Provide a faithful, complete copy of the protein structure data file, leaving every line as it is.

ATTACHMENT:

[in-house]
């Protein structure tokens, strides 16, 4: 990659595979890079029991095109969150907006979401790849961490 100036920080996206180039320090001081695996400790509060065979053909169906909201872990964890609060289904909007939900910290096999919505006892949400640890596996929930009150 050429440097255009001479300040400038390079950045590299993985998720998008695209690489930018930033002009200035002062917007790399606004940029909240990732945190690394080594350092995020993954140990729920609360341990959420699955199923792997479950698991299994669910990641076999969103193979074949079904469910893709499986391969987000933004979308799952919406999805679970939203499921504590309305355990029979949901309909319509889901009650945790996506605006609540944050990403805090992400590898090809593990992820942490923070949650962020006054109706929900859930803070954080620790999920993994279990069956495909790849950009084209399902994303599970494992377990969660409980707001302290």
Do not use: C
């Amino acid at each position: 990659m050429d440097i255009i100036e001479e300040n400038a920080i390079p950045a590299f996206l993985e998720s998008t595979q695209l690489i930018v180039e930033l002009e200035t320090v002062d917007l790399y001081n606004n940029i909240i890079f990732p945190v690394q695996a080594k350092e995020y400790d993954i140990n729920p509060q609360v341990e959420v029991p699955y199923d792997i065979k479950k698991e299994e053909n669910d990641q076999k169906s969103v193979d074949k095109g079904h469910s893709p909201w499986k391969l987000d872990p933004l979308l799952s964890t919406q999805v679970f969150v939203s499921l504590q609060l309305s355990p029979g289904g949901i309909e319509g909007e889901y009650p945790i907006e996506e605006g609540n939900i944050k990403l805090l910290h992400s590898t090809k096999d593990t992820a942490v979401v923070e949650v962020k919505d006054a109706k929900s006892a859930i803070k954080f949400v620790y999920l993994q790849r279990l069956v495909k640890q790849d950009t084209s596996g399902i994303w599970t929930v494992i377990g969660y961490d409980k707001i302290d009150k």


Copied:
[in-house]
């Protein structure tokens, strides 16, 4: 990659595979890079029991095109969150907006979401790849961490 100036920080996206180039320090001081695996400790509060065979053909169906909201872990964890609060289904909007939900910290096999919505006892949400640890596996929930009150 050429440097255009001479300040400038390079950045590299993985998720998008695209690489930018930033002009200035002062917007790399606004940029909240990732945190690394080594350092995020993954140990729920609360341990959420699955199923792997479950698991299994669910990641076999969103193979074949079904469910893709499986391969987000933004979308799952919406999805679970939203499921504590309305355990029979949901309909319509889901009650945790996506605006609540944050990403805090992400590898090809593990992820942490923070949650962020006054109706929900859930803070954080620790999920993994279990069956495909790849950009084209399902994303599970494992377990969660409980707001302290």
Do not use: C
């Amino acid at each position: 990659m050429d440097i255009i100036e001479e300040n400038a920080i390079p950045a590299f996206l993985e998720s998008t595979q695209l690489i930018v180039e930033l002009e200035t320090v002062d917007l790399y001081n606004n940029i909240i890079f990732p945190v690394q695996a080594k350092e995020y400790d993954i140990n729920p509060q609360v341990e959420v029991p699955y199923d792997i065979k479950k698991e299994e053909n669910d990641q076999k169906s969103v193979d074949k095109g079904h469910s893709p909201w499986k391969l987000d872990p933004l979308l799952s964890t919406q999805v679970f969150v939203s499921l504590q609060l309305s355990p029979g289904g949901i309909e319509g909007e889901y009650p945790i907006e996506e605006g609540n939900i944050k990403l805090l910290h992400s590898t090809k096999d593990t992820a942490v979401v923070e949650v962020k919505d006054a109706k929900s006892a859930i803070k954080f949400v620790y999920l993994q790849r279990l069956v495909k640890q790849d950009t084209s596996g399902i994303w599970t929930v494992i377990g969660y961490d409980k707001i302290d009150k």